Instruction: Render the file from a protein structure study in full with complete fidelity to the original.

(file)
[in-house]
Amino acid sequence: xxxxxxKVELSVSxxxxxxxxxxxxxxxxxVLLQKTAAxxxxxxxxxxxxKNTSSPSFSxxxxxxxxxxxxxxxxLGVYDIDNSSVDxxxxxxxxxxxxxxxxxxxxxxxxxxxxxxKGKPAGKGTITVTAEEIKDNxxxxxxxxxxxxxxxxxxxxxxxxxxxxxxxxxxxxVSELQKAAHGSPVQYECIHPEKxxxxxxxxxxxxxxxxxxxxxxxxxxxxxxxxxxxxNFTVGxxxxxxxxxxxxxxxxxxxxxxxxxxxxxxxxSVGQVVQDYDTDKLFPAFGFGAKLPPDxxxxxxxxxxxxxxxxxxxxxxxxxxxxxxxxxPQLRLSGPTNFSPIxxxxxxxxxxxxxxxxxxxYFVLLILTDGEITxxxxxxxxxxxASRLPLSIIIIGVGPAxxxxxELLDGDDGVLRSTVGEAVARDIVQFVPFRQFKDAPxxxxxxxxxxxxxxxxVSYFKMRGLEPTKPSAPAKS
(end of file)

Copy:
[in-house]
Amino acid sequence: xxxxxxKVELSVSxxxxxxxxxxxxxxxxxVLLQKTAAxxxxxxxxxxxxKNTSSPSFSxxxxxxxxxxxxxxxxLGVYDIDNSSVDxxxxxxxxxxxxxxxxxxxxxxxxxxxxxxKGKPAGKGTITVTAEEIKDNxxxxxxxxxxxxxxxxxxxxxxxxxxxxxxxxxxxxVSELQKAAHGSPVQYECIHPEKxxxxxxxxxxxxxxxxxxxxxxxxxxxxxxxxxxxxNFTVGxxxxxxxxxxxxxxxxxxxxxxxxxxxxxxxxSVGQVVQDYDTDKLFPAFGFGAKLPPDxxxxxxxxxxxxxxxxxxxxxxxxxxxxxxxxxPQLRLSGPTNFSPIxxxxxxxxxxxxxxxxxxxYFVLLILTDGEITxxxxxxxxxxxASRLPLSIIIIGVGPAxxxxxELLDGDDGVLRSTVGEAVARDIVQFVPFRQFKDAPxxxxxxxxxxxxxxxxVSYFKMRGLEPTKPSAPAKS